Etymology
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misfit (n.)

1823, originally slang, "garment or suit of clothes which does not fit the person for whom it was intended;" see mis- (1) "bad, wrong" + fit (n.1). Hence anything that fails of its intended effect; the meaning "person who does not fit his environment" is attested by 1880.

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pollute (v.)

late 14c., polluten, "to defile, violate the sanctity of, render ceremonially unclean," a back formation from pollution, or else from Latin pollutus, past participle of polluere "to defile, pollute, contaminate." Related: Polluted; polluting. Meaning "make physically foul" is from 1540s; specific sense "contaminate the environment" emerged by 1860, but was not yet in the 1895 Century Dictionary.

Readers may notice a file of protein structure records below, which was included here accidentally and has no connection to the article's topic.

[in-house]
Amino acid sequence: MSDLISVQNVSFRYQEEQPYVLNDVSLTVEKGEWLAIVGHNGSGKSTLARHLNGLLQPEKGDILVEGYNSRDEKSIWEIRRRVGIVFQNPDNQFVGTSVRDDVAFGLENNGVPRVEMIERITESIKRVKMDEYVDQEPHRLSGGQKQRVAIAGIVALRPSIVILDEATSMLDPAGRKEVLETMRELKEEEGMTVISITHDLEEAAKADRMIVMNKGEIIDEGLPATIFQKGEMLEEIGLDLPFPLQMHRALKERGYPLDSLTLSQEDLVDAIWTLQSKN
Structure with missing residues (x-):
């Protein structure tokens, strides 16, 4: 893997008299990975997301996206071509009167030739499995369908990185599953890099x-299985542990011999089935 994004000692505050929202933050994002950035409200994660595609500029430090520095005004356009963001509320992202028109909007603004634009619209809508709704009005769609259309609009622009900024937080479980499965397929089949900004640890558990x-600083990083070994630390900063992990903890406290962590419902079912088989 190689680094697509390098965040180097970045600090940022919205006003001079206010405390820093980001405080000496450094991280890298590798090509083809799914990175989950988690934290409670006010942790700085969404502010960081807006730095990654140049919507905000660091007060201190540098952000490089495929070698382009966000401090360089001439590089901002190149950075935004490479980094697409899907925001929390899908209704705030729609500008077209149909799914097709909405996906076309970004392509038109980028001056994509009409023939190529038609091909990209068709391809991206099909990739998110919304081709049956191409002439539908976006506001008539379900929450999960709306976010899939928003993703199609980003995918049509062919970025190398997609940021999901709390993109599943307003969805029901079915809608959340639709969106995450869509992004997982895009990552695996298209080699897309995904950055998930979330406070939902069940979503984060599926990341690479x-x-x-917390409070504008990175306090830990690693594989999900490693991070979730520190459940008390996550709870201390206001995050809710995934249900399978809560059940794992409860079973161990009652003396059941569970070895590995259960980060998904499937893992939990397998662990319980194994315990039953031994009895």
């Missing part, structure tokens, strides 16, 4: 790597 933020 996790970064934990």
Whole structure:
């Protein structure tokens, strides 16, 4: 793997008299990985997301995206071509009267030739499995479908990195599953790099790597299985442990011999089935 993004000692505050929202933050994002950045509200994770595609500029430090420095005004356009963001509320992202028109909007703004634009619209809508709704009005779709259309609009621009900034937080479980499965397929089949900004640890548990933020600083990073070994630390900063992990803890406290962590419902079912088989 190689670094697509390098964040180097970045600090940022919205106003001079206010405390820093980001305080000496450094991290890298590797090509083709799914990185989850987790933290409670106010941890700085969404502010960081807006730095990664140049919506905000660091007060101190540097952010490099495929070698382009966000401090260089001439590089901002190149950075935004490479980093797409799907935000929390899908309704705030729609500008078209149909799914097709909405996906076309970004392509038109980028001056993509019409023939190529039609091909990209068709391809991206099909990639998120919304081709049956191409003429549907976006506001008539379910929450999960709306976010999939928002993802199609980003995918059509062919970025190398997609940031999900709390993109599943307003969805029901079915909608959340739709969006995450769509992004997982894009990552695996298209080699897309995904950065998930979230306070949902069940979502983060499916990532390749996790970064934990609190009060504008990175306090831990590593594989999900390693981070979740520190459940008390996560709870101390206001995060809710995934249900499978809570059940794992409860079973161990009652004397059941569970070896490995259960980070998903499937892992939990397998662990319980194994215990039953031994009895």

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deracinate (n.)

1590s, "to pluck up by the roots," from French déraciner, from Old French desraciner "uproot, dig out, pull up by the roots," from des- (see dis-) + racine "root," from Late Latin radicina, diminutive of Latin radix "root" (from PIE root *wrād- "branch, root"). Related: Deracinated.

The French past participle, déraciné, literally "uprooted," was used in English from 1921 in a sense of "uprooted from one's national or social environment."

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entourage (n.)